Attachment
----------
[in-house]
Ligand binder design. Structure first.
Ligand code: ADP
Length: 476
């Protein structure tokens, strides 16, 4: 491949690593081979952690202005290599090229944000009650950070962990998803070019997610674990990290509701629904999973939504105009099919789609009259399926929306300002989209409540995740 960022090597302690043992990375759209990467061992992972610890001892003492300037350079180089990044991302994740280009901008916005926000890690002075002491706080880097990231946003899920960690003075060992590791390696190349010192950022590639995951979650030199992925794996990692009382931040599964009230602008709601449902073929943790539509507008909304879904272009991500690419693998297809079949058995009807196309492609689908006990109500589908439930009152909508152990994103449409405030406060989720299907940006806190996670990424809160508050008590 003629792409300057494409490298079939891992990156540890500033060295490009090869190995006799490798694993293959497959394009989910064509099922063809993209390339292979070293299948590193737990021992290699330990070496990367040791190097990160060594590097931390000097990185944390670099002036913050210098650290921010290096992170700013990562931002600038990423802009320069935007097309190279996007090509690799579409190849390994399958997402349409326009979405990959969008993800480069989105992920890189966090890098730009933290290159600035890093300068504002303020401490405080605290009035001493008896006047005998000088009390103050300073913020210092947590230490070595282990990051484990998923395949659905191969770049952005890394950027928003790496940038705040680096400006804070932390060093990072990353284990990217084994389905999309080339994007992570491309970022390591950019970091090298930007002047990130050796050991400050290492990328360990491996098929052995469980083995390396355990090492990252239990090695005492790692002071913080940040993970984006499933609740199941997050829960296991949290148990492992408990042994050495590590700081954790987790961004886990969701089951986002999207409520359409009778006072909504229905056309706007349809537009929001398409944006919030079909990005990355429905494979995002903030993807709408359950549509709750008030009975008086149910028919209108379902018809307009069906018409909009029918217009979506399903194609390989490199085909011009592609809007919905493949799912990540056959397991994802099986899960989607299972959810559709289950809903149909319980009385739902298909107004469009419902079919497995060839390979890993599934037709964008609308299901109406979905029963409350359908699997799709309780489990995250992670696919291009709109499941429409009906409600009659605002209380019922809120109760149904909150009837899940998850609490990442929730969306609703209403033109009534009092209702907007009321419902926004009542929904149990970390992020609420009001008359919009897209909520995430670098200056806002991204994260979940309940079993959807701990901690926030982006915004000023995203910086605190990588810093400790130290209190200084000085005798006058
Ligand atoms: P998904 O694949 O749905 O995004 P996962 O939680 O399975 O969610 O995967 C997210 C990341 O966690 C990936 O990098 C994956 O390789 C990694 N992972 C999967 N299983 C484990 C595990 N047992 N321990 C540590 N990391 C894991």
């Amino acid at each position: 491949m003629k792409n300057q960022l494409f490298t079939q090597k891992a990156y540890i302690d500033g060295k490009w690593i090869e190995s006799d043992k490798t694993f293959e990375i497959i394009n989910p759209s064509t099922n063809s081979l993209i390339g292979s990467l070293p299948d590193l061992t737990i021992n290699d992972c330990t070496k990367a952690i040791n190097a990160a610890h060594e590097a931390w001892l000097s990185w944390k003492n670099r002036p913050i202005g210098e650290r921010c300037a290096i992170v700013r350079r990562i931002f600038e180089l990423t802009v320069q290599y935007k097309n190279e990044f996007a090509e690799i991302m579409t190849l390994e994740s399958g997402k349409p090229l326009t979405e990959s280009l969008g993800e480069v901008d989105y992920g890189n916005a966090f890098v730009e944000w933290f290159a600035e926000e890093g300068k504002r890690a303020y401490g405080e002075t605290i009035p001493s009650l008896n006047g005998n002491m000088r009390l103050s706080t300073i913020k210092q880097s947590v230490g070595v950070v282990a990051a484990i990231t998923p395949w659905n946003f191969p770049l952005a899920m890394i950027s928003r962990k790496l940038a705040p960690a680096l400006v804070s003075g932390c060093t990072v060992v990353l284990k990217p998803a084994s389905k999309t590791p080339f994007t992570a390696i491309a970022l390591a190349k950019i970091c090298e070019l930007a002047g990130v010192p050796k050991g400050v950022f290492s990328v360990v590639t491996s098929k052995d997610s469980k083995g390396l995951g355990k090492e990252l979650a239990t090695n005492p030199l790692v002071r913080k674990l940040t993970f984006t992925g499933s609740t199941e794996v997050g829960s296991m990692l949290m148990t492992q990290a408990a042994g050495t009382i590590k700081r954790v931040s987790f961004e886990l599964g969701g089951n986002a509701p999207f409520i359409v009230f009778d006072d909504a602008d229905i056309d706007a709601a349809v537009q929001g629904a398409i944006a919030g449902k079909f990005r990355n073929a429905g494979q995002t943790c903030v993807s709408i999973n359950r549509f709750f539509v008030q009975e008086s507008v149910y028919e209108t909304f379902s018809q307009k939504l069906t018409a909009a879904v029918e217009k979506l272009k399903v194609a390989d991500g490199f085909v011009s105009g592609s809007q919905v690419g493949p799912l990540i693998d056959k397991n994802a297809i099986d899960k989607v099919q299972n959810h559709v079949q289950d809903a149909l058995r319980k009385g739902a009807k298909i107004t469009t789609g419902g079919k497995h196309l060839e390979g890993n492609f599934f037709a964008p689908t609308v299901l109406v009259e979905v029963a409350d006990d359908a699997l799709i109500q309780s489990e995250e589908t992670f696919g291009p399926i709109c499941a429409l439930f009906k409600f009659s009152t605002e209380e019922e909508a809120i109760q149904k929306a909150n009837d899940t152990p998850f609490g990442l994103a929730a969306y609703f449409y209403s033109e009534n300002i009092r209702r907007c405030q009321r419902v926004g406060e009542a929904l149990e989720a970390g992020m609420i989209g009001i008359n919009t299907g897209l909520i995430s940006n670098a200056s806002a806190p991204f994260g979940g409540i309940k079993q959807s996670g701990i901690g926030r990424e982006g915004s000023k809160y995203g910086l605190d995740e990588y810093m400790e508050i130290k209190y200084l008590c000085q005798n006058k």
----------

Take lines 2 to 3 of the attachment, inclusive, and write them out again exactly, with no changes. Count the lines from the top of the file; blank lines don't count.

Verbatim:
Ligand binder design. Structure first.
Ligand code: ADP